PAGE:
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The natural world. Looking pretty for 3.5b years.

Big Eyes Focused on Reefs

remote sensing provides tools for monitoring coral reefs

Author: Hugh Bollinger/Sunday, June 16, 2013/Categories: photography, space science, sustainability, environment

Remote sensing has many uses but one of the most important is determining the long-term health of coral reefs and changes produced by climate change.

The LANDSAT program has been particularly helpful in the observation of coral reefs. The original satellite cameras were launched in 1972 and now there is an eight version of the technology. The program has created a global library of coral reefs since then. This library of continuous remote photography has allowed researches to view time-series assessments of the reef health.

According to NASA, 18 years of Landsat data has been used to show a decline in the health of reef habitat across roughly 68 percent of the National Marine Sanctuary in the Florida Keys. Landsat images can also be used to detect signs of illegal trawling and other activities that can be harmful to reefs.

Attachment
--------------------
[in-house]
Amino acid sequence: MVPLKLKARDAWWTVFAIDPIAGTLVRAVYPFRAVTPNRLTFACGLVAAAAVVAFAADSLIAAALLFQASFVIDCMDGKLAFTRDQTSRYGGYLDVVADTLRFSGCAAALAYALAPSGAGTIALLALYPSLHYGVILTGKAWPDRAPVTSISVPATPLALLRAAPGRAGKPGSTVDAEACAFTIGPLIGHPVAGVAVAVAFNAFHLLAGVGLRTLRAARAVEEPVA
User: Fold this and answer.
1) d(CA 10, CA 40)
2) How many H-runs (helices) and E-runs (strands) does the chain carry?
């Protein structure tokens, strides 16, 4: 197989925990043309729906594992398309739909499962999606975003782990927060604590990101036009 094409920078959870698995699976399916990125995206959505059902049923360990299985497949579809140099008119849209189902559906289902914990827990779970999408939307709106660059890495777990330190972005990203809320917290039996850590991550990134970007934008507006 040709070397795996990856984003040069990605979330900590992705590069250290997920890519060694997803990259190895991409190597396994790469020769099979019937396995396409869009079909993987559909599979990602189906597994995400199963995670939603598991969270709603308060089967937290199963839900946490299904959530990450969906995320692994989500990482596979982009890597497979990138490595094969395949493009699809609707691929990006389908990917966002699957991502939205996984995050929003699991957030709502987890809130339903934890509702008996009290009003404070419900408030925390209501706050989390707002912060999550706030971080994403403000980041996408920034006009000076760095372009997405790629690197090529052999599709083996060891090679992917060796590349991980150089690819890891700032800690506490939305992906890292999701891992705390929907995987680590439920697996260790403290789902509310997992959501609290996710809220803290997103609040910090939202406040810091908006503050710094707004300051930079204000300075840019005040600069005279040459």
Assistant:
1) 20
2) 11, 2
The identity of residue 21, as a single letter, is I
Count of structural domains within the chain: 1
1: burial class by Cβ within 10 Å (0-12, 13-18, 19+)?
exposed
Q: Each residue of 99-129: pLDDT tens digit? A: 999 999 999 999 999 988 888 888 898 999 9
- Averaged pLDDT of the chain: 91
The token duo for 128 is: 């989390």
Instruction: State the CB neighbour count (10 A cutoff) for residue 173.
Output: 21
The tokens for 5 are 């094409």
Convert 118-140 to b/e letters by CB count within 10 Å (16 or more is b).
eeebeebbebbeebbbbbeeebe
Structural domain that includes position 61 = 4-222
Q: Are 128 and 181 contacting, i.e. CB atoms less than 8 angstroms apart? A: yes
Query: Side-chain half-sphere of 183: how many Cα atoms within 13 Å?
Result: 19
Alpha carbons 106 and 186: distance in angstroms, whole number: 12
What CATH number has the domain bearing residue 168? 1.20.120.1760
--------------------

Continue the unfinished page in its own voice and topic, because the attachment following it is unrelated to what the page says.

Society Islands, South Pacific (credit: NASA/USGS)

Marine biologist, Phillip Dustan of the College of Charleston has commented:

“Reef management benefits from satellite imagery through mapping, change analysis, and threat assessment, While a single image can be used to provide mapping data, the long-term data set provided by Landsat makes for powerful time series of images that can probe the dynamics of ecological change.”

A photograph of Princess Charlotte Bay in northern Australia illustrates this and was captured while a new Landsat camera was still being calibrated. The area lies along the east coast of the Cape York Peninsula and shows the Claremont Isles National Park. This coastal zone is protected as part of Australia's Great Barrier Reef World Heritage Site. The islands are important habitat and breeding grounds for wildlife and seabirds and are off-limits to visitors. Monitoring the habitat is central to its protection.

Princess Charlotte Bay, Cape York, Queensland   (credit: LANDSAT)

Like others, I like visiting coral reefs where they exist but conservation often requires restrictions so as not to be damaged by too much visitation. The "big eyes" of Landsat provide a photographic alternative. Impressive might be an observation.


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